Indian Culture and Tradition Essay: India is a land of rich cultural diversity. Our culture is inclusive of the customs and traditions we follow, festivals we celebrate, art practices, handicrafts, folklore, food habits, music and dance etc. Our multi religious society caters to all religions and languages alike. Our countrymen follow various social beliefs, wear different dresses, and conduct various celebrations. National festivals are celebrated with great enthusiasm towards the country.
Essay on Indian Culture and Tradition in 500 Words
Below we have provided Indian Culture and Tradition Essay in English, suitable for class 5, 6, 7, 8, 9 & 10.
India – The treasure house of rich cultural heritage and traditions
When one pronounces the word “India,” one is draped in the smell in spices, sarees, the smell of pickles and rain, the loud music and dances, the happy faces of innocent people quite untouched by the evolving westernization. India encapsulates all of those emotions and more. India thrives on love, languages, religion, and culture due to the diverse race of people living in the country. It can be hands down referred to as one of the world’s most culturally enriched countries.
Being a country that is the home to such diverse cultures and traditions, religion plays a very significant role. Various religions founded and followed in the country include Hinduism, Sikhism, Jainism, etc. Apart from these, there are also huge majorities of people having Islamic faith, following Christianity or Buddhism and various other religions which do not have an Indian origin. Most of the religions founded in India are based on the concept of non-violence.
According to the 2011 census, 79.8% of the population of India practice Hinduism. Islam (14.2%), Christianity (2.3%), Sikhism (1.7%), Buddhism (0.7%) and Jainism (0.4%) forms the major religions of the country. Apart from that, there are also several other religions practiced in the heart of the country.
According to the early marital rituals of India, back in the 1950’s, Indians primarily lived in large joint families where the parents, children and the next generation on offspring lived together under the same roof. However, in the more recent times due to modernization creeping into the society and western cultures being quickly inherited, joint-families are almost rare and non-existent. Nucleated families are more common as children decide on separating from their parent’s houses to afford to have more independence and privacy. The system of arranged marriages is also highly prevalent to this day in the country. The average age for marriage for girls has gone up to 21 years according to the 2011 census, as opposed to an earlier age of 16 to 18 years.
Suffice to say that festivals form an important part of Indian culture and heritage. Due to the varied religions practiced here, the festivals are also different for each section of people. Popular religious festivals include the Hindu festivals of Navratri, Janmashtami, Diwali, Maha Shivratri, Ganesh Chaturthi, Durga Puja, Holi, Rath Yatra, Ugadi, Onam, Vasant Panchami, Raksha Bandhan, and Dussehra.
Other than these, there are also several harvest festivals celebrated by farmers such as Makar Sankranti, Sohrai, Pusnâ, Chapchar Kut, Pongal, and Raja Sankranti. Islam forms a major part of the religion dynamics in India and festivals which are observed as a public holiday in India are Eid-ul-Fitr, Eid-ul-Adha (Bakri Eid), Milad-un-Nabi, Muharram and Shab-e-Barat. Christianity is also practiced by people of India and important days for Roman Catholics such as Christmas, and Good Friday has been declared as national holidays in the Republic of India as well.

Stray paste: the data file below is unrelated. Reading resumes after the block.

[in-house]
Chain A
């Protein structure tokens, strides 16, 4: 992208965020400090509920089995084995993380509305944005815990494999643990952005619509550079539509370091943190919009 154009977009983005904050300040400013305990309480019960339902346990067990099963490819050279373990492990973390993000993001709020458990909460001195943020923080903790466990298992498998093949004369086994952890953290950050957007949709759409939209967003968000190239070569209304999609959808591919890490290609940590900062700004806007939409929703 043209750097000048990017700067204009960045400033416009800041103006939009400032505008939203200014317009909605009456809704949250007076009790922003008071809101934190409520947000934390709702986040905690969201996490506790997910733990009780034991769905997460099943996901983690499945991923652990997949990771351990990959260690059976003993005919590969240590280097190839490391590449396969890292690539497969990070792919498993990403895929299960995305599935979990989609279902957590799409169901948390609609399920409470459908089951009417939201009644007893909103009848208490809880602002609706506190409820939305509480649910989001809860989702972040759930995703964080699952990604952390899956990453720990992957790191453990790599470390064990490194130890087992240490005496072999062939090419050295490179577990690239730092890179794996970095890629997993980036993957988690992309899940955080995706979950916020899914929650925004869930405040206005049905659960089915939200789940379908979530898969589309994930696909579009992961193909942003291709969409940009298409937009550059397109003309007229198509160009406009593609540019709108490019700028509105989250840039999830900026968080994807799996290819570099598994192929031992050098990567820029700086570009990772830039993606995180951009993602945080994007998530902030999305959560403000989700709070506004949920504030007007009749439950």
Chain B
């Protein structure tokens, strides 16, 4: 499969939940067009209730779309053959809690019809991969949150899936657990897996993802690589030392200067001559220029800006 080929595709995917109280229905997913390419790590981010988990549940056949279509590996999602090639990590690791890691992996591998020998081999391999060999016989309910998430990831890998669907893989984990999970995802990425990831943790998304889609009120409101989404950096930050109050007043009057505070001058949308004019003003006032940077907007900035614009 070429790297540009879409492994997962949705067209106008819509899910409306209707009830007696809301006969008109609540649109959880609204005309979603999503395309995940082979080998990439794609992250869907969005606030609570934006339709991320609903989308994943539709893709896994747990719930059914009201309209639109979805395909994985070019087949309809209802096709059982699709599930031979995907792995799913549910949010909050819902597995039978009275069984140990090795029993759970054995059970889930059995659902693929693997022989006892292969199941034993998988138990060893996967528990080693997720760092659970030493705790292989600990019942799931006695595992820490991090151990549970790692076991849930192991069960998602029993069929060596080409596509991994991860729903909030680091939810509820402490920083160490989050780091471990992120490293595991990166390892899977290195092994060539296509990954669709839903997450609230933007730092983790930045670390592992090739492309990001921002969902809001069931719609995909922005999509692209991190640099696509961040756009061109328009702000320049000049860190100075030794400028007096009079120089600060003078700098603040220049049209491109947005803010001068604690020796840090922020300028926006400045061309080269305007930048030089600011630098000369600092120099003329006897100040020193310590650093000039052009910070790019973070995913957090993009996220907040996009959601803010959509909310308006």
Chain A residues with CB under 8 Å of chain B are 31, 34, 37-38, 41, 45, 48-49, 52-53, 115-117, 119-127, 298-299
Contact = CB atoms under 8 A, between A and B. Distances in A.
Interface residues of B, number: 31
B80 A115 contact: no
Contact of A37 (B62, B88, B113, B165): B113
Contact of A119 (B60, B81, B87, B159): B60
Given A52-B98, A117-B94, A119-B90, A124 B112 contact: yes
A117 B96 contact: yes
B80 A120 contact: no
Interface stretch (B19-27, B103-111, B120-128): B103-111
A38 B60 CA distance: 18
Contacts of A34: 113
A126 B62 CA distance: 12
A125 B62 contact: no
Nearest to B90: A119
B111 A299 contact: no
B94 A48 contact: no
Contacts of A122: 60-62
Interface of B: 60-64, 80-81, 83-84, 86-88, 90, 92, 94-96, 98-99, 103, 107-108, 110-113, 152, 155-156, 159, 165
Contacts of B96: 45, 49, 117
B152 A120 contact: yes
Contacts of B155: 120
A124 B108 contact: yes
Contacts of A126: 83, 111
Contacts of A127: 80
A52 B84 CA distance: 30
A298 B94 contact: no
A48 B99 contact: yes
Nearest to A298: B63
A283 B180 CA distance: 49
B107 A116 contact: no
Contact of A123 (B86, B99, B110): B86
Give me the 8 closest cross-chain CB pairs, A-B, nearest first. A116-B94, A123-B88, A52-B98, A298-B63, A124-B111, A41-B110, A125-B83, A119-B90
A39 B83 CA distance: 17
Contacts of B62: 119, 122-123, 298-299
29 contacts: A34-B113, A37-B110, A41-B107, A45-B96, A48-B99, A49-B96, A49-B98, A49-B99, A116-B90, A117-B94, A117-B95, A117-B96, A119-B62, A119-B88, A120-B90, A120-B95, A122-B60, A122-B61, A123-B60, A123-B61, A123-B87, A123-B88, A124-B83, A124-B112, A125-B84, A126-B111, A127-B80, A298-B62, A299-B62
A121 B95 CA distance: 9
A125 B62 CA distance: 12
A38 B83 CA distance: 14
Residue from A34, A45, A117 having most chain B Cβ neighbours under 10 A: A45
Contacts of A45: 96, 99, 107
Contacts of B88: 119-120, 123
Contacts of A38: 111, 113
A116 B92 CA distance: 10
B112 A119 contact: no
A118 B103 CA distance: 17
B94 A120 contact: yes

Just like its religion and festivals, the cuisine in India is also equally diverse. Foods are influenced by people belonging to different parts of the country, their way of living, the environment, and availability of goods. It is imperative that Indian food is primarily influenced by the diversity of people living in it. Hindu cuisine includes rice, chapatti, vegetable curry, fish, parathas, etc. Islamic cuisine includes Biriyani, Raita, Haleem, Kheema, etc. In the South Indian states, people generally cook food using coconut oil as opposed to the common mustard oil or sunflower oil. This is because coconuts are so easily available in large quantities in the South. South Indian food includes Idli, Sambar, Dosa, Vada, etc.
Traditional clothing is the essence of Indian culture. Clothes depend on the place of origin, climate, and heritage of the particular place. In the state of West Bengal, and also in several southern states such as Tamil Nadu and Karnataka the authentic clothing for women is the Saree that is a single, long piece of fabric draped around the body. For men, the authentic Bengali clothing in Dhoti and Kurta. In the state of Punjab, salwar kameez and Kurti form the traditional clothing for women while men wear headgear or turban known as the Dastar. The Bindi, Mehendi, bangles, and earrings are a part of the attire for women.
The first ever literary work created in India was the Rigveda, in the 19th Century. Written in Sanskrit, the Rigveda laid the foundation of several religious scriptures and literary works in later years. Written by the Aryans, the Yajur Veda and Atharva Veda also soon followed. Other popular literary works created in ancient India are Ramayana by Rishi Valmiki and Mahabharata by Rishi Vyasa. Biographies of kings such as Babarnama (biography of Babur; founder of Mughal Empire) and Akbarnama (biography of Akbar, the greatest king of India) are also priceless literary pieces that give us information about the era. Apart from this certain scripture written by foreign travellers such as Fa Hein and Huein Tsung gives us information about the traditions and lifestyles of people in India.
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